PFLUGERVILLE, Texas (KXAN) — Robert Amparan and his wife have been getting their groceries delivered and limiting trips out of their house for months. So, when the phone rang, and a man offered to administer a COVID-19 vaccine to them at their Pflugerville home, they were intrigued.
“We are in that age bracket where we are in danger,” he said.
The person called from a West Texas area code, claiming to work with the Texas Department of State Health Services. Amparan told KXAN he and his wife sensed a few red flags: how would this driver keep the shots at the required temperature? Why hadn’t they heard about this initiative yet?
“I have no idea what their intentions are,” he said. “I mean, is that just to get your address to know where you live? Are they actually going to come by, and if they are actually giving you a shot — what are they giving you? Something to knock you out, and then they rob you blind?”
Amparan said the man asked if he was receiving Medicare payments, then told him they would call him back to schedule an appointment.
When Amparan decided to follow up instead, the number had been disconnected. He decided to call Medicare to report the incident and even considered contacting police.
On Tuesday, DSHS sent out a warning that read, “Criminals are impersonating Texas government agencies to scam people during the #COVID19 pandemic. DSHS or contact tracers will never ask for your social security, credit card, or other financial information.”
Chris Van Deusen, a spokesperson for the agency, said they are working to expand vaccine access across the state through clinics and “hubs,” but their agents are not making house calls.
“It’s not a sort of door-to-door effort, so that’s something that would put me on guard if I got a call like that,” Van Deusen said.
He explained Texans might get a call from state agents doing “contact tracing,” especially if they test positive for COVID-19.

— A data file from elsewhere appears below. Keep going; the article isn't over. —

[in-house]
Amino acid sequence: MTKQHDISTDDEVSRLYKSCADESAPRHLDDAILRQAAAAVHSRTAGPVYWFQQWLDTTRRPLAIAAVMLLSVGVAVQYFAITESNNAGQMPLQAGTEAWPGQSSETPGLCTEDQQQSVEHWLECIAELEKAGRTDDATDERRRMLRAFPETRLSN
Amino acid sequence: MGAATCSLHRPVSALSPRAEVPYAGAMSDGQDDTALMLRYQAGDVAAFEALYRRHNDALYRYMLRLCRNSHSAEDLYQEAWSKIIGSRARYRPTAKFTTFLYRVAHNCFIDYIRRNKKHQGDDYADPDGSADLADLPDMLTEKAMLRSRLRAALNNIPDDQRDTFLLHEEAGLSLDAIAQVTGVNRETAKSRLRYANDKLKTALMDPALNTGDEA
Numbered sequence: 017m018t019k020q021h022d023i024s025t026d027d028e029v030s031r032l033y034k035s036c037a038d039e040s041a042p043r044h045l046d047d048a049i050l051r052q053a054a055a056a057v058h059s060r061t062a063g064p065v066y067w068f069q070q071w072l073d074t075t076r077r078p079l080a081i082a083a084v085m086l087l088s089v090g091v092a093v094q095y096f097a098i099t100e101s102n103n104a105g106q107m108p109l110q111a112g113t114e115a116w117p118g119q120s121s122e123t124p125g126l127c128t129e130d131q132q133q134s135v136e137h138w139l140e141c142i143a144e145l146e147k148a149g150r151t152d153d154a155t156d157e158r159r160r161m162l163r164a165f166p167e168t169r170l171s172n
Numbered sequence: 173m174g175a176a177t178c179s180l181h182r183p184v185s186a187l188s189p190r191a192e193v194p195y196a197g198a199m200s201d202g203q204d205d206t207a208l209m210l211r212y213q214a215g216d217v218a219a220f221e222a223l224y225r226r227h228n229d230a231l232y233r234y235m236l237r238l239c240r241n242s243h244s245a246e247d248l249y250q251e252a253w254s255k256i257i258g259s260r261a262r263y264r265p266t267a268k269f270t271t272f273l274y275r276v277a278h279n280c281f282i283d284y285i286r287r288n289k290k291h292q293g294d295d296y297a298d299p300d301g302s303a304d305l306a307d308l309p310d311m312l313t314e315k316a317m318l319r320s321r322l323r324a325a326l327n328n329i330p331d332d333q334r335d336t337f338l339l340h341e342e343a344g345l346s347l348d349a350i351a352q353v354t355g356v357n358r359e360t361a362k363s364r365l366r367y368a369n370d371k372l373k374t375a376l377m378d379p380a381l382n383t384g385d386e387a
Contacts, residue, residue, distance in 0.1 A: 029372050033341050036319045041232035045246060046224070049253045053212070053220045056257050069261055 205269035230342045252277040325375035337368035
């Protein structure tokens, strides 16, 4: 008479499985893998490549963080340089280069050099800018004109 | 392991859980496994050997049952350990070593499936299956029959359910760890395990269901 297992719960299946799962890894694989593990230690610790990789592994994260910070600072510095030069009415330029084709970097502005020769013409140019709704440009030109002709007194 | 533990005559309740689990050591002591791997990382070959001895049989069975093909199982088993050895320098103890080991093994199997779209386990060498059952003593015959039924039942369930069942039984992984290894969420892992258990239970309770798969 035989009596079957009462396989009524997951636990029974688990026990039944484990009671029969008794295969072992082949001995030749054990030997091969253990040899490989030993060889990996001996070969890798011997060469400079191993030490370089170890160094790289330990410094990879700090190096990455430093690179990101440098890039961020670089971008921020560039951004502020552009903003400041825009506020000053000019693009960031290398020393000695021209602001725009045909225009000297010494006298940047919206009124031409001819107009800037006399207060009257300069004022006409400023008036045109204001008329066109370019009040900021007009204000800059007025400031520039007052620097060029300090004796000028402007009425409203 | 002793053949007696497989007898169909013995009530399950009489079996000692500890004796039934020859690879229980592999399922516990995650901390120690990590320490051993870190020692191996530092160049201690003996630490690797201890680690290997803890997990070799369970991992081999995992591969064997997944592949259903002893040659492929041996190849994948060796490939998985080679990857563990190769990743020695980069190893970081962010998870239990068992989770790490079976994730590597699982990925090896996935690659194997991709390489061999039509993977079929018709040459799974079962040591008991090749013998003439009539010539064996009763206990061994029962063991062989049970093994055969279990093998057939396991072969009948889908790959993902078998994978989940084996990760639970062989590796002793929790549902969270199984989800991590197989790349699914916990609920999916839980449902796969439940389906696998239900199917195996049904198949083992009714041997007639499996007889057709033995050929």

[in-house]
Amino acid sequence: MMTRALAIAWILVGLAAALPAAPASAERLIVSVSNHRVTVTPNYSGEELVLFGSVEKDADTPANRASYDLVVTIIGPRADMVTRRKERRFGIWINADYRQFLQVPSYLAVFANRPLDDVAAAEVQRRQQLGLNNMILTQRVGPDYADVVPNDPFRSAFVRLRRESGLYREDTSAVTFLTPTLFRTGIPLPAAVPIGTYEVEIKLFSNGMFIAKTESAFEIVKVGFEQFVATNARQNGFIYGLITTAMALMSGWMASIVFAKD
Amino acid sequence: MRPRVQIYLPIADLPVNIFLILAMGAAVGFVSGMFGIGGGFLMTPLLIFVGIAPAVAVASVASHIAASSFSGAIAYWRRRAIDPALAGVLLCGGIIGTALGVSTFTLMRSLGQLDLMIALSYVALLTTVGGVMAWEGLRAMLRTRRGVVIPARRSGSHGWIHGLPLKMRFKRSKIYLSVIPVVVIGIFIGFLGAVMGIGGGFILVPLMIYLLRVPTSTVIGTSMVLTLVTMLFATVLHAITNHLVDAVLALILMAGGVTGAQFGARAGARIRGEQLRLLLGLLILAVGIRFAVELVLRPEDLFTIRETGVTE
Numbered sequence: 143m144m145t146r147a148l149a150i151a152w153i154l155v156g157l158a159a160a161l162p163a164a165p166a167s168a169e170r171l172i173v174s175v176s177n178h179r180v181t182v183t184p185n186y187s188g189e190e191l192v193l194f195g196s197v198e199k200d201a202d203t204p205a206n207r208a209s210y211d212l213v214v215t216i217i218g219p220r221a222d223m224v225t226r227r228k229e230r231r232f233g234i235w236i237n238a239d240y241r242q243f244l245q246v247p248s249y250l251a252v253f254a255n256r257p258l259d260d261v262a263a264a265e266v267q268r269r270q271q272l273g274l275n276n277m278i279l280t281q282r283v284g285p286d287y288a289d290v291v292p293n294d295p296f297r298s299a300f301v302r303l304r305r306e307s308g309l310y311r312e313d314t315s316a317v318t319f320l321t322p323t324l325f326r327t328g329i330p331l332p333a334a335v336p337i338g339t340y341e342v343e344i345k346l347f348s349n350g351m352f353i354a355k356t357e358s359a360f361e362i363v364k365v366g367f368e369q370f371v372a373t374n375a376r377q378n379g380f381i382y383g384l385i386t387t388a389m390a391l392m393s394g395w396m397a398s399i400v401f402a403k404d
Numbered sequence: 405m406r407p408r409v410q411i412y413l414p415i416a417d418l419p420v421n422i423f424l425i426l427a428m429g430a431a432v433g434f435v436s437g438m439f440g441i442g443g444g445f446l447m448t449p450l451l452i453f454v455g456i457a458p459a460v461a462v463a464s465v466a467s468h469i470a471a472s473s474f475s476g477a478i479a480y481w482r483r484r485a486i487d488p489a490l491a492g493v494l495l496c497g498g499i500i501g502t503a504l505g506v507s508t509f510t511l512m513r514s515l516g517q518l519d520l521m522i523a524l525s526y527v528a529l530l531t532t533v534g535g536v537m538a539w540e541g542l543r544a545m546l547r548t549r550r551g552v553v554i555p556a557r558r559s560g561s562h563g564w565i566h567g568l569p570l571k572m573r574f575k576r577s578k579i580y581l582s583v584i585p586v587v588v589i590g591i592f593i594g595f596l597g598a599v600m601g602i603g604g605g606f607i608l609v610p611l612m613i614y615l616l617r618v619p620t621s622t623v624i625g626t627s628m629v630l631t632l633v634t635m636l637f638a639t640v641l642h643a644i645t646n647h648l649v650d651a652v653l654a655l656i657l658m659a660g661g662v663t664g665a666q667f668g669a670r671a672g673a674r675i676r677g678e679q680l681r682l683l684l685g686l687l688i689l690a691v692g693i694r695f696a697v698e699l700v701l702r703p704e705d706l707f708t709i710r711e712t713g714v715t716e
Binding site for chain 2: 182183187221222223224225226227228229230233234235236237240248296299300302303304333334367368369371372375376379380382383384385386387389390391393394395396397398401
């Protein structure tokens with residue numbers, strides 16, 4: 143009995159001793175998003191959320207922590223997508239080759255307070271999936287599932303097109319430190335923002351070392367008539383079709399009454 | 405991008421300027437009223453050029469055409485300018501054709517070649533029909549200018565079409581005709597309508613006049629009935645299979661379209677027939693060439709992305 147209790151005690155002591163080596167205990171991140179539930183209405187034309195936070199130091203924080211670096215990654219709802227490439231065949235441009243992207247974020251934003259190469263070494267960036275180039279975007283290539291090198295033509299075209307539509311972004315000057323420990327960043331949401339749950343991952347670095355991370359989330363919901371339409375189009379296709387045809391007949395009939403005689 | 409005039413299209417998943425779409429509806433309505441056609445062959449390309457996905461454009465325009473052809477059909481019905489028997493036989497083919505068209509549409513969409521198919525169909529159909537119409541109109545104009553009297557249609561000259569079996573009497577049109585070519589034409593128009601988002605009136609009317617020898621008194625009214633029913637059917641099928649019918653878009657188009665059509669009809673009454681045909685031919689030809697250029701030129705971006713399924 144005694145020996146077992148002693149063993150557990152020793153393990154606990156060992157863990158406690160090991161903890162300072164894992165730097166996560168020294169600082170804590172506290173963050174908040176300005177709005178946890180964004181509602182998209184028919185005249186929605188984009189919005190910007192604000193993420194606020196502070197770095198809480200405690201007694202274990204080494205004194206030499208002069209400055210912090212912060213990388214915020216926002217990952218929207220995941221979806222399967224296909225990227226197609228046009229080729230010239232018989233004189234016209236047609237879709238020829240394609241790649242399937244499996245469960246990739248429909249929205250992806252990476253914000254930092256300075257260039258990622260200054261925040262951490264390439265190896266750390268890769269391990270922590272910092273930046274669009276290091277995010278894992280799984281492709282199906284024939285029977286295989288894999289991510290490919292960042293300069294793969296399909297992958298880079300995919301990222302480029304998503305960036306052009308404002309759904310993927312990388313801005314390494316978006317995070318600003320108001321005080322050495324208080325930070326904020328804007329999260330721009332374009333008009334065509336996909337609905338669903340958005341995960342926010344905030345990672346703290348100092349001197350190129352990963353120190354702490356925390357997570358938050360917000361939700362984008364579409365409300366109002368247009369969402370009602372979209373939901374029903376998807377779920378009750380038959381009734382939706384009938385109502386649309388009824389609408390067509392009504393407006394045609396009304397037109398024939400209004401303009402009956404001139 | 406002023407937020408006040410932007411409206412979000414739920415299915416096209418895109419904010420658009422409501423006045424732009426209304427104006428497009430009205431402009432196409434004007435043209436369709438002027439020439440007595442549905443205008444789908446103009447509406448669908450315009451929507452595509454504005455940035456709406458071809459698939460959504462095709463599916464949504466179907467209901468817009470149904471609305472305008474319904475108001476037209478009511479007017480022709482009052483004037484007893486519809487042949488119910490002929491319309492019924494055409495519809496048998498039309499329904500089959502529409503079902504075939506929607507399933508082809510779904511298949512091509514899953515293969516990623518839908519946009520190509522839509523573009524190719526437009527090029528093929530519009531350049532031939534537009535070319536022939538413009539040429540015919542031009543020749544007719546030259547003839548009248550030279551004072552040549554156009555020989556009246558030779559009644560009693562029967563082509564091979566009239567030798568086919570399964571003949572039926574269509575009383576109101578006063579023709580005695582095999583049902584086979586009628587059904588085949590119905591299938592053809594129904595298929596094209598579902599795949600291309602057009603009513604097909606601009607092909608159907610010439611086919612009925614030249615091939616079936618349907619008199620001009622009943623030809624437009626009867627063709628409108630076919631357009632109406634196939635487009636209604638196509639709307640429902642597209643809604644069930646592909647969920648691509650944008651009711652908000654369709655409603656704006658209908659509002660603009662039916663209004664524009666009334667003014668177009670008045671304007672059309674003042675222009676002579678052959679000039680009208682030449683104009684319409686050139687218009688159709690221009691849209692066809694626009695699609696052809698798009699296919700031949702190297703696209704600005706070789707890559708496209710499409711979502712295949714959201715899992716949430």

“People you’ve been around, your health and how you are feeling — following up on that sort of thing. Are there places you’ve been if you might have been infectious? So, those are the kind of questions you can expect to be asked. It’s never going to be anything financial, certainly gathering bank account details, credit card numbers, asking you for any kind of payment,” he said.
Heather Massey with the Better Business Bureau said they starting seeing potential scams reported before the vaccine was even available, offering to help people get to the front “of the line.” Now, they are seeing reports of people advertising “discounts” to people or offering to come distribute the vaccine at someone’s home or workplace.
“They’ve targeted businesses owners. They’ve targeted consumers. Unfortunately, this is what they do for a living. It’s their job, so just be cautious,” Massey said.
She urged people to slow down and do their research before they make any decisions — and especially before they give out any information.
“You do want to take a pause, and you do want to check with your healthcare provider first,” she said.
They also encourage people to report suspicious activity to their Scam Tracker map, where they log reports of possible illegal schemes or fraud.
Van Deusen said DSHS doesn’t keep data on fraud reports to the agency, but recommends people file a consumer complaint with the Texas Attorney General’s office.
“They may hit you with something you haven’t experienced before, and you may be like, “Well wait a minute, that sounds good,” Amparan said of his experience. “Just be careful, folks. You know, they’re out there. They are out there, and unfortunately, they target the seniors.”